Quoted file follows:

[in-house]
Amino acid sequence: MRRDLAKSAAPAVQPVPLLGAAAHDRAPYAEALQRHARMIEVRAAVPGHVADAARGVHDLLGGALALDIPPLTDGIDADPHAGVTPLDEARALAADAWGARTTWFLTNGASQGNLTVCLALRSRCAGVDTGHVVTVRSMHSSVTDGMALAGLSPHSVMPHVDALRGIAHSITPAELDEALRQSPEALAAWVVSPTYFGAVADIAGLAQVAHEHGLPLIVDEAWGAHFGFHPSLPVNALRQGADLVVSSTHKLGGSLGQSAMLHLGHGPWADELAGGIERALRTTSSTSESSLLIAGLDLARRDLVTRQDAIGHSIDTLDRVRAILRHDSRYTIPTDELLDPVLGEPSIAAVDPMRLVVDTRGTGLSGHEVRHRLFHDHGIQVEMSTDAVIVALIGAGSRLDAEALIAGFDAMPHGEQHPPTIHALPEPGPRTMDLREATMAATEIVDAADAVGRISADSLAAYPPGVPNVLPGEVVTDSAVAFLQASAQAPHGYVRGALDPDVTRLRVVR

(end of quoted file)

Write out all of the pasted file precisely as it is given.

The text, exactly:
[in-house]
Amino acid sequence: MRRDLAKSAAPAVQPVPLLGAAAHDRAPYAEALQRHARMIEVRAAVPGHVADAARGVHDLLGGALALDIPPLTDGIDADPHAGVTPLDEARALAADAWGARTTWFLTNGASQGNLTVCLALRSRCAGVDTGHVVTVRSMHSSVTDGMALAGLSPHSVMPHVDALRGIAHSITPAELDEALRQSPEALAAWVVSPTYFGAVADIAGLAQVAHEHGLPLIVDEAWGAHFGFHPSLPVNALRQGADLVVSSTHKLGGSLGQSAMLHLGHGPWADELAGGIERALRTTSSTSESSLLIAGLDLARRDLVTRQDAIGHSIDTLDRVRAILRHDSRYTIPTDELLDPVLGEPSIAAVDPMRLVVDTRGTGLSGHEVRHRLFHDHGIQVEMSTDAVIVALIGAGSRLDAEALIAGFDAMPHGEQHPPTIHALPEPGPRTMDLREATMAATEIVDAADAVGRISADSLAAYPPGVPNVLPGEVVTDSAVAFLQASAQAPHGYVRGALDPDVTRLRVVR